Wright believed that few Americans, black or white, were prepared to face squarely and honestly the most profound consequences of more than two centuries of the enslavement and segregation of blacks in North America. The dehumanization of African Americans during slavery had been followed in the long aftermath of the Civil War by their often brutal repression in the South and by conditions of life in many respects equally severe in the nominally integrated North. Nevertheless, Wright knew, blacks and whites alike continued to cling to a range of fantasies about the true nature of the relationship between the races even as the nation lurched inexorably toward a possible collapse over the fundamental question of justice for the despised African American minority.” (Introduction to Native Son by Arnold Rampersad).

Richard Wright

Richard Wright

What Richard Wright’s attempted to show in his novel was the deep underbelly of racism, to expose it at the roots. For him, the conditions of people of color living in Chicago were symptoms of a greater illness: an entire society built on, and repeating, slavery. Really, it’s institutional racism. Institutional racism isn’t always conscious; in fact, based on the reactions to Ferguson and NY, I’m guessing that most people don’t believe it because they don’t see it (I love this explanation of institutional racism). People think of racism as an individual act, but it runs much more deeply than that, as it is ingrained in our social institutions: law, government, education, business, etc. The fact that so many of our institutions and their policies disenfranchise a variety of groups (e.g. the disabled, the poor, the elderly, the mentally ill) implicates us in those very systems if we do nothing about it. An educator who does not speak up when accessibility is violated, who does not speak up when a colleague is mistreated, who does not question disparities in their own school, or someone who sits quietly by because “things never change,” perpetuates those injustices. If we do not lead by example and teach our young people to question and think critically, then things may really “never change.”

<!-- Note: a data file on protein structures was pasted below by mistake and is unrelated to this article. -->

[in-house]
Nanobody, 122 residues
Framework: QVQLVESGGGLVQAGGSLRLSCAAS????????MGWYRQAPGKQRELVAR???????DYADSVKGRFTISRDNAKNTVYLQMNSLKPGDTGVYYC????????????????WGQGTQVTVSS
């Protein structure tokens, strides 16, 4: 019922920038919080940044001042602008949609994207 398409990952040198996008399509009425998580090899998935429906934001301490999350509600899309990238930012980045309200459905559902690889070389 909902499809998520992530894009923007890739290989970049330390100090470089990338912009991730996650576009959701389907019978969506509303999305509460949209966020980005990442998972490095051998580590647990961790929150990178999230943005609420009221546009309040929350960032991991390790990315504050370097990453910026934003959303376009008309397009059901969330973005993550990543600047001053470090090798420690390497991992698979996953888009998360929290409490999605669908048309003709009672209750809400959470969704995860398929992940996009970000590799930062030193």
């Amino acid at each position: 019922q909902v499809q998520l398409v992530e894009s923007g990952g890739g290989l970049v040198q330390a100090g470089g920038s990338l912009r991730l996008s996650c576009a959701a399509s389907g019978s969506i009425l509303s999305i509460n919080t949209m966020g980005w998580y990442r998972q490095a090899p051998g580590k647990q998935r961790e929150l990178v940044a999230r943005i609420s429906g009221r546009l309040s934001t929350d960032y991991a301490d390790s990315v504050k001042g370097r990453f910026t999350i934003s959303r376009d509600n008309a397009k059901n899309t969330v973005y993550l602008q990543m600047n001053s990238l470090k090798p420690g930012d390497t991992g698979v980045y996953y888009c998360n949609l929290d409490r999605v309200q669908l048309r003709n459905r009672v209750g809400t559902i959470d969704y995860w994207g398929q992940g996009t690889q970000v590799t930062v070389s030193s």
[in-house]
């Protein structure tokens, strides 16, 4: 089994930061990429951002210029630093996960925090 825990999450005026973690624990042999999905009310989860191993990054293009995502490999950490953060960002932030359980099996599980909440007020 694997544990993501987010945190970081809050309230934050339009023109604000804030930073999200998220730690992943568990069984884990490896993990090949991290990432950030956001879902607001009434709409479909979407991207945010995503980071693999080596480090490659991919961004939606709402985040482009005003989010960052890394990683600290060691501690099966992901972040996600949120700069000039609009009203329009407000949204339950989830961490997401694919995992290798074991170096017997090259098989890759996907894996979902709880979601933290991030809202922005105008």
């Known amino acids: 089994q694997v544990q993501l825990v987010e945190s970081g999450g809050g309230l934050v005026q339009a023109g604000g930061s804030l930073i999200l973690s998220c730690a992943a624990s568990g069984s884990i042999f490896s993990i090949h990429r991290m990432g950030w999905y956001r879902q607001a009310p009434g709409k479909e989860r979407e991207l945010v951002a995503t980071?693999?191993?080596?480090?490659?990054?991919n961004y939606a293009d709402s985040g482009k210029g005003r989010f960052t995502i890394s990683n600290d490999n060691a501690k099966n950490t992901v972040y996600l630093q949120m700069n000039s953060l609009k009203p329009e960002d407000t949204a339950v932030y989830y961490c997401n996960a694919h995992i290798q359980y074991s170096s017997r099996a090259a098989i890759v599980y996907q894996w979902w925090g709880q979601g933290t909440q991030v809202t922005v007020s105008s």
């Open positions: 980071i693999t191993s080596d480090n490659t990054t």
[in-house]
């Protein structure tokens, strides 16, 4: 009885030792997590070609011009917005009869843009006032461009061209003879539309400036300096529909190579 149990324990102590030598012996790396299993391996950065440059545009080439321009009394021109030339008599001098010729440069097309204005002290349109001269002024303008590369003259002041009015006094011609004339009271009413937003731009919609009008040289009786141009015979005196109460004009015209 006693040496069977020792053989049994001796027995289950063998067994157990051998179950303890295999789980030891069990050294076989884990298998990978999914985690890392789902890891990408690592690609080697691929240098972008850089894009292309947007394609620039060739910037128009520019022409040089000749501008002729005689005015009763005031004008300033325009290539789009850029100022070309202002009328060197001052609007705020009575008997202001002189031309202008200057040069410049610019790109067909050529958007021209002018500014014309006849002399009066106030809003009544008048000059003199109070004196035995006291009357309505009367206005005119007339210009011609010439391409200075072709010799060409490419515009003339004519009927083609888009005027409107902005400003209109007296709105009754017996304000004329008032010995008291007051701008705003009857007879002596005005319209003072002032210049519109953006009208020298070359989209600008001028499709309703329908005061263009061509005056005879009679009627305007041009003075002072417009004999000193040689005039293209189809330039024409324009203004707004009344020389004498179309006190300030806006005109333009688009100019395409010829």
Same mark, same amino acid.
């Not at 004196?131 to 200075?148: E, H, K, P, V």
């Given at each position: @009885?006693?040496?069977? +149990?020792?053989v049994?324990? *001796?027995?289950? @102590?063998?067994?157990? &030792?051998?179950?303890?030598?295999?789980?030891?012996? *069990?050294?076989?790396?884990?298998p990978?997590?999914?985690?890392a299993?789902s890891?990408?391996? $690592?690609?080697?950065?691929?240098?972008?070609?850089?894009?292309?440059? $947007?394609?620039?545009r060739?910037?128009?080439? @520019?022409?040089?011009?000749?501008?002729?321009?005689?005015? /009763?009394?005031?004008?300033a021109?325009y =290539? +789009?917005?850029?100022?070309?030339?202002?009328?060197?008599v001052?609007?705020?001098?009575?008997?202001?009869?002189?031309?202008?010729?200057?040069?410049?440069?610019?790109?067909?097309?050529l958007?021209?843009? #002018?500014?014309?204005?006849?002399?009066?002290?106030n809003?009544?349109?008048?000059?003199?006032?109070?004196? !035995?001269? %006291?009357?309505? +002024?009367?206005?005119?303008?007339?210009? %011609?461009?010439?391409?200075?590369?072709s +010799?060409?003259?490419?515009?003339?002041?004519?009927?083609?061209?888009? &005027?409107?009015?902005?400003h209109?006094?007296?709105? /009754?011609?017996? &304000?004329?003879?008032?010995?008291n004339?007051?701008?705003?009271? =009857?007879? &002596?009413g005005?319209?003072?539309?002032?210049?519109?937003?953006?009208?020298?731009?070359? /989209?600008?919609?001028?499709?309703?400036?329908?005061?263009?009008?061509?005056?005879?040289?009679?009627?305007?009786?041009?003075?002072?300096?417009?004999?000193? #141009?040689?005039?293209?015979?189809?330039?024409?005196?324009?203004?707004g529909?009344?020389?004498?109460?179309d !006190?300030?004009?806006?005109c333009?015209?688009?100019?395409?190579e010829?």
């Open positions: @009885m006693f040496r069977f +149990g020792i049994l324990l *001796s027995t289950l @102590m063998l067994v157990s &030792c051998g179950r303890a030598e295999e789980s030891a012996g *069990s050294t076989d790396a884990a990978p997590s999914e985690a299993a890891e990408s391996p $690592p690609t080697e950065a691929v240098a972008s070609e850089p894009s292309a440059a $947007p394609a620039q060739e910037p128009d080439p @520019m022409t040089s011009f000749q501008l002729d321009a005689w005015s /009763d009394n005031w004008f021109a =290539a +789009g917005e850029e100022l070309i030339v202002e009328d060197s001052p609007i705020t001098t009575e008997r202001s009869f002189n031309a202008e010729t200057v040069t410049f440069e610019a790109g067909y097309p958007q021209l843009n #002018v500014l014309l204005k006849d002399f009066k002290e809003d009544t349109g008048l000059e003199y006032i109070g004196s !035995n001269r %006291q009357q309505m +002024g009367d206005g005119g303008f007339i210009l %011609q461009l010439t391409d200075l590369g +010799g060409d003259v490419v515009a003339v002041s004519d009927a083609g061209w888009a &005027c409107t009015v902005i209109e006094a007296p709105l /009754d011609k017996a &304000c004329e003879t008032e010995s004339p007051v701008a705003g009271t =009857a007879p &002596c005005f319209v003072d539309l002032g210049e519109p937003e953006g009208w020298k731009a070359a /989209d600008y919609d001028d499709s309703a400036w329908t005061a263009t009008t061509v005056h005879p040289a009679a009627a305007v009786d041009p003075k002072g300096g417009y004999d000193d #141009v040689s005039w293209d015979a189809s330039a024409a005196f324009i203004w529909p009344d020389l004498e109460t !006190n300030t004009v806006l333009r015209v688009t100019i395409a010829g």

One of the products of our unequal social foundations is that word that people throw around, but is nevertheless very true: white privilege. It’s really easy for white people to come to the defense of the police and call Michael Brown a thug. In a culture where the black male is the archetypal perpetrator, it is so easy to dismiss his death because he somehow “had it coming,” even though he didn’t. I know plenty of white thugs who really had it coming, but never saw the end of the barrel. Al Capone, anyone? As far as I know, in this country, you are innocent until proven guilty. Brown did not enjoy the due process that was his right, because of a snap judgment created by the culturally accepted norm of the angry black man. The face of the stereotypical cop is a white one, and we trust our own and fear the other. It is so easy to do. That said, it is possible to support police and call out the inequities of our current system.

Are cops racist? I don’t think so. (Though there are exceptions to every rule – think about the scandal in Ohio at the moment). That’s like saying all men are rapists. I’ve known a fair number of cops, and each of them has been awesome and committed to the notion of “protect and serve.” I do not question that. But, the justice system as a whole, as a product of our society, feeds into the stereotypes of black man as criminal, of brown man as terrorist, of Latino as illegal. As a member of the dominant society, it is so easy to fall prey to the images spread by the media of the black gansta, the flaming faggot, the butch dyke, the confused tranny, the retarded crip, without thinking too much about it. By blindly accepting those images, by not questioning them as they fly by our hyper-connectivity, we are complicit in these systems that disenfranchise. If we do not question the system, we tacitly accept it as just. However, I must also not that criticizing a social structure is not equivalent to judging the individual people working in the system. I take my hat off to all the men and women who choose to protect their communities; they are indeed under a pressure that most of us fortunately do not know.

By the way, I don’t use the pejorative terms above lightly. There are people who do use these words amongst themselves, when none of these people can hear. Or, even in public, on social media in online news sources when these people can hear and see. We live in a culture where people living outside the norms are caricatures of “real people.” It’s really easy to convince yourself that these lives don’t matter, that our side is the right side, because “they have it coming.” White privilege (and straight privilege, and cisgender privilege, and able-bodied privilege… and… and) are all real.